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NFC: Fw: DEN Alert: Help Protect a Rare Florida Bird Species
DEN Alert: Help Protect a Rare Florida Bird Species
The Florida Fish and Wildlife Conservation Commission will vote this
week on whether to weaken protections for the imperiled red-cockaded
woodpecker. The commission may take this action despite the fact
that the woodpecker is listed as a federal endangered species.
Federal officials and commission scientists have serious concerns
about this potential action.
The red-cockaded woodpecker was once a common species across the
southeastern coastal plain of Florida. Once thriving in open,
mature pine forests, the bird has lost more than 95 percent of its
habitat since pre-settlement times. Today, what remains of its
habitat is highly fragmented and often of poor quality. What has
been particularly devastating to this bird has been the loss of
important nesting sites high up in the old pines where nestlings
would be safe from predators.
WHAT YOU CAN DO:
Send a free e-mail to the Florida Fish & Wildlife Conservation
Commission and Gov. Jeb Bush and urge them not to downlist the
red-cockaded woodpecker, but rather develop a common-sense,
comprehensive plan to protect the remaining populations of the
woodpecker. Thanks for helping to protect this rare and beautiful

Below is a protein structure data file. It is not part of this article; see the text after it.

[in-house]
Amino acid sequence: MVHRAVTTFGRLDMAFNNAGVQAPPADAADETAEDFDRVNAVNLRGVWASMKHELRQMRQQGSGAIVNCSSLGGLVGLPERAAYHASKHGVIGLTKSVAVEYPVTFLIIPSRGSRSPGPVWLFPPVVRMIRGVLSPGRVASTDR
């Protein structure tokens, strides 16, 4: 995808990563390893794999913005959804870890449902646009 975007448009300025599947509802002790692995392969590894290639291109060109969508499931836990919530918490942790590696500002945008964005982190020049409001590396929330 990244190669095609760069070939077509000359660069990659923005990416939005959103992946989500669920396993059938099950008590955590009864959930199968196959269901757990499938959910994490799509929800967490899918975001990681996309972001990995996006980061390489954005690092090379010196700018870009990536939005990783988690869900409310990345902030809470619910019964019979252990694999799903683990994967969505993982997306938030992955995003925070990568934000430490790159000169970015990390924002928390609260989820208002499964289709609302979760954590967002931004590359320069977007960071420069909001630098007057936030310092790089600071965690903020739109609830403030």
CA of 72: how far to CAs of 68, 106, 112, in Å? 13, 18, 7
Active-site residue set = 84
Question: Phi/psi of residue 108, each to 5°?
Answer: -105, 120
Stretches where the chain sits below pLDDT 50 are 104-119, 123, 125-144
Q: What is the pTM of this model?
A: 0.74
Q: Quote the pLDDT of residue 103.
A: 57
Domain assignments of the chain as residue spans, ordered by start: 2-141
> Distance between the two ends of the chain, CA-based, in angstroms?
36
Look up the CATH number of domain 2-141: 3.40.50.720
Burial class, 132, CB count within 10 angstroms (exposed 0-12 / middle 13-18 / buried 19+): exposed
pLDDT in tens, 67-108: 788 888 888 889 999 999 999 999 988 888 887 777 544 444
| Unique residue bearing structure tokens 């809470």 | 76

INSTRUCTIONS TO RESPOND VIA THE WEB:
If you have access to the web, simply click on the link below which
will take you to the DEN Action Center web site:
If you don't have access to the Internet, please send your letter
Board of Commissioners, Florida Fish & Wildlife Conservation
Commission, c/o Bradley J. Gruver, Ph.D, Bureau of Wildlife Diversity
Conservation via fax at: 850-488-6412 or via email at:
gruverb at fwc_state.fl.us and to The Honorable Jeb Bush, Governor of
Florida via fax at: 850-487-0801 or via email at:
fl_governor at myflorida_com
Dear Mr. Gruver:
As a resident of the state of Florida and an individual who is greatly
concerned about our state's vanishing wildlife, I urge the Florida
Fish & Wildlife Conservation Commission not to weaken protections
for the red-cockaded woodpecker. Instead, I urge you to develop a
common-sense, comprehensive plan to protect the remaining populations
of the bird.
The recommendation before the commission doesn't consider the
biological status and vulnerability of the woodpecker. In addition,
it's contrary to the conclusion of the woodpecker scientists, land
managers, and the U.S. Fish and Wildlife Service.
Most woodpecker populations are small, isolated and vulnerable to
extinction. More than 90 percent of the woodpeckers' most suitable
Florida habitat has been lost. Currently, only two sites in Florida
appear sufficiently large and stable enough to provide long-term
suitable habitat for the bird.
Thank you for considering my comments.
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